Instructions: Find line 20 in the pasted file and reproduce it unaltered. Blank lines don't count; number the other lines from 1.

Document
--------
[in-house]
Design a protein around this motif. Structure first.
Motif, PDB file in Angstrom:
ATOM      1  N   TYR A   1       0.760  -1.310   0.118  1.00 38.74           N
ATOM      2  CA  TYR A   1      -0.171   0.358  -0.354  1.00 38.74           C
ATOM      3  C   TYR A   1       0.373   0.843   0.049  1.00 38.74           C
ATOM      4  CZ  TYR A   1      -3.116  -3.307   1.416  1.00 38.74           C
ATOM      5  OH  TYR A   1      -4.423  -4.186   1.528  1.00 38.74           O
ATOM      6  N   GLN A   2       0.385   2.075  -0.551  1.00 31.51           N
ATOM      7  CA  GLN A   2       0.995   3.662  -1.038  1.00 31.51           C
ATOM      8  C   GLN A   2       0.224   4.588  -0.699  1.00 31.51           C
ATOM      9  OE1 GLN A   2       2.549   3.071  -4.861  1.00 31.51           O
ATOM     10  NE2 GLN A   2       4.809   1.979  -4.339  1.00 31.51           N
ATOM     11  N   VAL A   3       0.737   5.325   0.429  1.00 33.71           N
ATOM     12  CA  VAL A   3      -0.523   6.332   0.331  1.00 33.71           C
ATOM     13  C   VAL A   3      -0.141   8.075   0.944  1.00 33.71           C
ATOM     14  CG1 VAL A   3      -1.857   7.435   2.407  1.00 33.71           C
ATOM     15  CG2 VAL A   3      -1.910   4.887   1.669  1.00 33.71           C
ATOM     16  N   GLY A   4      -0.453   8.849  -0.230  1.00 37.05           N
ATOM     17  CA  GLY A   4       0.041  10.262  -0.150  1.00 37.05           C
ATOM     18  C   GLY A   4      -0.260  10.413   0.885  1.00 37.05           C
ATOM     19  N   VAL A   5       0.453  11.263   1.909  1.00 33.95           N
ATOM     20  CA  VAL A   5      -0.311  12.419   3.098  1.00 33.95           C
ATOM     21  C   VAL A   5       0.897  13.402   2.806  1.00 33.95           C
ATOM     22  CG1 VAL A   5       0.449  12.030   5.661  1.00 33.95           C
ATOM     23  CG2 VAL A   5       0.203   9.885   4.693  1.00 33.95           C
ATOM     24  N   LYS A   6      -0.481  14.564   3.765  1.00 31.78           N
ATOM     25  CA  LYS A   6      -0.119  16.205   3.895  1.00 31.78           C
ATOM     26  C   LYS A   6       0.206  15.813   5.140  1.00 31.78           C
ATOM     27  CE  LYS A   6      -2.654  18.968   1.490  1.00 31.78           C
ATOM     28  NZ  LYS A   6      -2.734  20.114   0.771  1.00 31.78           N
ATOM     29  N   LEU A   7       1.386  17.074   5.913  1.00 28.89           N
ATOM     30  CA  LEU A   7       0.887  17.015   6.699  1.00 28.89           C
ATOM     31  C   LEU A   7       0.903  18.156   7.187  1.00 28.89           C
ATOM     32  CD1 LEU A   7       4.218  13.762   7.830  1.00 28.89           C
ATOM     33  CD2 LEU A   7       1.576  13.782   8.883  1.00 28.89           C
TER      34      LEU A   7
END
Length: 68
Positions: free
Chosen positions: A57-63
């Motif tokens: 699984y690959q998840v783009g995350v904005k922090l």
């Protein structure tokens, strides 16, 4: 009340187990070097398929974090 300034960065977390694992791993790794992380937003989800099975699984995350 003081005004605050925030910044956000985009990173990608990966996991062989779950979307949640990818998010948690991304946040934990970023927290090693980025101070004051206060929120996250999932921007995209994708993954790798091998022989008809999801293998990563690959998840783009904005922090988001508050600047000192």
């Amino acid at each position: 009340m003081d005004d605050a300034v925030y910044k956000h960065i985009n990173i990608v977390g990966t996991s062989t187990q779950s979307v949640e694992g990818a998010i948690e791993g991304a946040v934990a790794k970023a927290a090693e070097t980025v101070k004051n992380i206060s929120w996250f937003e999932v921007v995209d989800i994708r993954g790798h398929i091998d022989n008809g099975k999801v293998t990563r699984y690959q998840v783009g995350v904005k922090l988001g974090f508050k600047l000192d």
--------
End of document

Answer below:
ATOM     17  CA  GLY A   4       0.041  10.262  -0.150  1.00 37.05           C